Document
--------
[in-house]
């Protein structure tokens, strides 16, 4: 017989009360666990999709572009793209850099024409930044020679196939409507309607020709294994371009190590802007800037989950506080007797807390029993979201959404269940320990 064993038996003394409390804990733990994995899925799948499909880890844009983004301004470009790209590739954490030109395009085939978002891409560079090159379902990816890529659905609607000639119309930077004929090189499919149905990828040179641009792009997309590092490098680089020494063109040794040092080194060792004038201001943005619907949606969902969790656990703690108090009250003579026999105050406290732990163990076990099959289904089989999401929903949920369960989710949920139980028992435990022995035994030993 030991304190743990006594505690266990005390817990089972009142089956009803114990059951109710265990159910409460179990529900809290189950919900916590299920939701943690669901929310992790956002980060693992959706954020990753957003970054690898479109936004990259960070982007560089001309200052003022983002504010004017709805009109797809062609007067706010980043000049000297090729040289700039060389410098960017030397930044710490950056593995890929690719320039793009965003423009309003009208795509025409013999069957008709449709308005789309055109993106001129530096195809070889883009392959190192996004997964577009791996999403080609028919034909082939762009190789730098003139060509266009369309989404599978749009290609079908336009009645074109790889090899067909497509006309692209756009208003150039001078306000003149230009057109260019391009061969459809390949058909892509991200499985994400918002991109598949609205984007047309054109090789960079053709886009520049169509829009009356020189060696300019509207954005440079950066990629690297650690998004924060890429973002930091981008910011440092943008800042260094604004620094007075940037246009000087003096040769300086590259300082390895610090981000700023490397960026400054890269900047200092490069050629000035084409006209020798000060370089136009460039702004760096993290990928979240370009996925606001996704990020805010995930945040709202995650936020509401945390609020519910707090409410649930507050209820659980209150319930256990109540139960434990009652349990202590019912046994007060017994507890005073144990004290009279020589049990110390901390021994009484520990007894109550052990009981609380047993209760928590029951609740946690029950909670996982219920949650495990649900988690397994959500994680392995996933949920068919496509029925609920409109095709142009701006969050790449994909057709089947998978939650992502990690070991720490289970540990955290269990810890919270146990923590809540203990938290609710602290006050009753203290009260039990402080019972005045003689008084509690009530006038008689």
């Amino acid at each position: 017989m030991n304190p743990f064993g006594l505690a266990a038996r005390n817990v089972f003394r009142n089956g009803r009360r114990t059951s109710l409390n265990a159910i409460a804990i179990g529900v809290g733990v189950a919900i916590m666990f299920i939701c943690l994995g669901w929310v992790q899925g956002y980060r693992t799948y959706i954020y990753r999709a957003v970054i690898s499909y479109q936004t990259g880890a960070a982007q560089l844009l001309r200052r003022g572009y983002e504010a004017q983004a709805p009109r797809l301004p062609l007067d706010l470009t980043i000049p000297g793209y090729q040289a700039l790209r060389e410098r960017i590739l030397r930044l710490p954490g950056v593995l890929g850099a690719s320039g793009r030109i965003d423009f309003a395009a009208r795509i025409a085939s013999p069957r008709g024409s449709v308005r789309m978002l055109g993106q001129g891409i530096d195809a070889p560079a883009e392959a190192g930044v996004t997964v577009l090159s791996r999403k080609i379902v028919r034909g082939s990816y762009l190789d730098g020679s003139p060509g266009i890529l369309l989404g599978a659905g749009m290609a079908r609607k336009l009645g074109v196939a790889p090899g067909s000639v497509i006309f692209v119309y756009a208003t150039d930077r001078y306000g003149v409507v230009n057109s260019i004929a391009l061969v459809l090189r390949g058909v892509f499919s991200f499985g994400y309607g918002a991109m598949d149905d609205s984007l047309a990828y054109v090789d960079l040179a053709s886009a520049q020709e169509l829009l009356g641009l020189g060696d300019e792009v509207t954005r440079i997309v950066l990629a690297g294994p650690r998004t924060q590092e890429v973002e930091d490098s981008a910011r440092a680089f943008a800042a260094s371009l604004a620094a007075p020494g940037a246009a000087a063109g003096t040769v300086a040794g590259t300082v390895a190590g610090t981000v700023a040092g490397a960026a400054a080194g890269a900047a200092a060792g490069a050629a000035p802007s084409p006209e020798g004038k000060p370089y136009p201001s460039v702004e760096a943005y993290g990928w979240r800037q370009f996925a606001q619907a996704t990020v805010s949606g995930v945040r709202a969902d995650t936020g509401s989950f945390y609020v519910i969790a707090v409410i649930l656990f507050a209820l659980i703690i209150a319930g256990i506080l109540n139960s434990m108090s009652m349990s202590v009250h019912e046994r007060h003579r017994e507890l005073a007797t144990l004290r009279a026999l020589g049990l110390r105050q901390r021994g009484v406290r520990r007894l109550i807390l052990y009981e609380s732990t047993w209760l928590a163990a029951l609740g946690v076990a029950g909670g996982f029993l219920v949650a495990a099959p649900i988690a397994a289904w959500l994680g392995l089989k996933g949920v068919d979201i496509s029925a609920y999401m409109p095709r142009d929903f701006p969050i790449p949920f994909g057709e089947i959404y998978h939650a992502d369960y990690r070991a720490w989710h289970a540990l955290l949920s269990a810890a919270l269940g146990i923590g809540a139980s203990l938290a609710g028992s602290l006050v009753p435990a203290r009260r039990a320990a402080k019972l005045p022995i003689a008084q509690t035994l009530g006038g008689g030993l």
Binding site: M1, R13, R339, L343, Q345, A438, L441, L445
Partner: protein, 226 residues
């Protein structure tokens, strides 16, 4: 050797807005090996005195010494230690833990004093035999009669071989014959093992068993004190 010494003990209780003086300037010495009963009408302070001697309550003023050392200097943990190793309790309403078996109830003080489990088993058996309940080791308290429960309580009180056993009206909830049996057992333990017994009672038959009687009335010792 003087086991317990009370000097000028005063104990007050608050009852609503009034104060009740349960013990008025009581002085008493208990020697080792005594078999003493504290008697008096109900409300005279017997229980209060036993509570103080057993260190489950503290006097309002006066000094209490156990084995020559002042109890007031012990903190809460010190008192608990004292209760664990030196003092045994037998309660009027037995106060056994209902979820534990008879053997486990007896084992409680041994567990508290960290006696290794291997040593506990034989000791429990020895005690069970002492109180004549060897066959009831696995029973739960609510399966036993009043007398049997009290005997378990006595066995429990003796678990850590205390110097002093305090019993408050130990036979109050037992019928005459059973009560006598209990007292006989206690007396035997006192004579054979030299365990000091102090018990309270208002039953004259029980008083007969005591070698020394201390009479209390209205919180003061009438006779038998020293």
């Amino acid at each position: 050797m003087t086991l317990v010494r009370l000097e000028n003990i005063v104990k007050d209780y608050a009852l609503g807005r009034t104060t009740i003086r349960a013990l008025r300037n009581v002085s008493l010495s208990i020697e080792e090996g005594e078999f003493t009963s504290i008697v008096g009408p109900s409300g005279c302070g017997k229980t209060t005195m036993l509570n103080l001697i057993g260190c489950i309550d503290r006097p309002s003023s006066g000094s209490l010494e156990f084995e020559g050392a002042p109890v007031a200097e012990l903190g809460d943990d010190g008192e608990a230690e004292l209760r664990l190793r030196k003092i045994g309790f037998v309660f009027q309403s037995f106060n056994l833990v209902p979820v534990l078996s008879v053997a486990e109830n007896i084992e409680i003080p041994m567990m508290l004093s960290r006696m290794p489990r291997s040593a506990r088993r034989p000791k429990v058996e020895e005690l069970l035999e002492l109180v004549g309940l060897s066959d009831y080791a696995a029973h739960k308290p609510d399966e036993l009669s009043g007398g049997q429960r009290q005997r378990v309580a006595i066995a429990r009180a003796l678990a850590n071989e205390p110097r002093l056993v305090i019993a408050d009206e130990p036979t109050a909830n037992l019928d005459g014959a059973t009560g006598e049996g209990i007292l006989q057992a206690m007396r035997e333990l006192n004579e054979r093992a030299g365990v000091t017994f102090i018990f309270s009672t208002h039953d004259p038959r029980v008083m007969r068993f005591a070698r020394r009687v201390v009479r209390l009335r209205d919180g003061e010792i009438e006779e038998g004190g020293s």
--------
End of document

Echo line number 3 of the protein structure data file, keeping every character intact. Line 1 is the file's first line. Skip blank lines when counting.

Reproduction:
């Amino acid at each position: 017989m030991n304190p743990f064993g006594l505690a266990a038996r005390n817990v089972f003394r009142n089956g009803r009360r114990t059951s109710l409390n265990a159910i409460a804990i179990g529900v809290g733990v189950a919900i916590m666990f299920i939701c943690l994995g669901w929310v992790q899925g956002y980060r693992t799948y959706i954020y990753r999709a957003v970054i690898s499909y479109q936004t990259g880890a960070a982007q560089l844009l001309r200052r003022g572009y983002e504010a004017q983004a709805p009109r797809l301004p062609l007067d706010l470009t980043i000049p000297g793209y090729q040289a700039l790209r060389e410098r960017i590739l030397r930044l710490p954490g950056v593995l890929g850099a690719s320039g793009r030109i965003d423009f309003a395009a009208r795509i025409a085939s013999p069957r008709g024409s449709v308005r789309m978002l055109g993106q001129g891409i530096d195809a070889p560079a883009e392959a190192g930044v996004t997964v577009l090159s791996r999403k080609i379902v028919r034909g082939s990816y762009l190789d730098g020679s003139p060509g266009i890529l369309l989404g599978a659905g749009m290609a079908r609607k336009l009645g074109v196939a790889p090899g067909s000639v497509i006309f692209v119309y756009a208003t150039d930077r001078y306000g003149v409507v230009n057109s260019i004929a391009l061969v459809l090189r390949g058909v892509f499919s991200f499985g994400y309607g918002a991109m598949d149905d609205s984007l047309a990828y054109v090789d960079l040179a053709s886009a520049q020709e169509l829009l009356g641009l020189g060696d300019e792009v509207t954005r440079i997309v950066l990629a690297g294994p650690r998004t924060q590092e890429v973002e930091d490098s981008a910011r440092a680089f943008a800042a260094s371009l604004a620094a007075p020494g940037a246009a000087a063109g003096t040769v300086a040794g590259t300082v390895a190590g610090t981000v700023a040092g490397a960026a400054a080194g890269a900047a200092a060792g490069a050629a000035p802007s084409p006209e020798g004038k000060p370089y136009p201001s460039v702004e760096a943005y993290g990928w979240r800037q370009f996925a606001q619907a996704t990020v805010s949606g995930v945040r709202a969902d995650t936020g509401s989950f945390y609020v519910i969790a707090v409410i649930l656990f507050a209820l659980i703690i209150a319930g256990i506080l109540n139960s434990m108090s009652m349990s202590v009250h019912e046994r007060h003579r017994e507890l005073a007797t144990l004290r009279a026999l020589g049990l110390r105050q901390r021994g009484v406290r520990r007894l109550i807390l052990y009981e609380s732990t047993w209760l928590a163990a029951l609740g946690v076990a029950g909670g996982f029993l219920v949650a495990a099959p649900i988690a397994a289904w959500l994680g392995l089989k996933g949920v068919d979201i496509s029925a609920y999401m409109p095709r142009d929903f701006p969050i790449p949920f994909g057709e089947i959404y998978h939650a992502d369960y990690r070991a720490w989710h289970a540990l955290l949920s269990a810890a919270l269940g146990i923590g809540a139980s203990l938290a609710g028992s602290l006050v009753p435990a203290r009260r039990a320990a402080k019972l005045p022995i003689a008084q509690t035994l009530g006038g008689g030993l």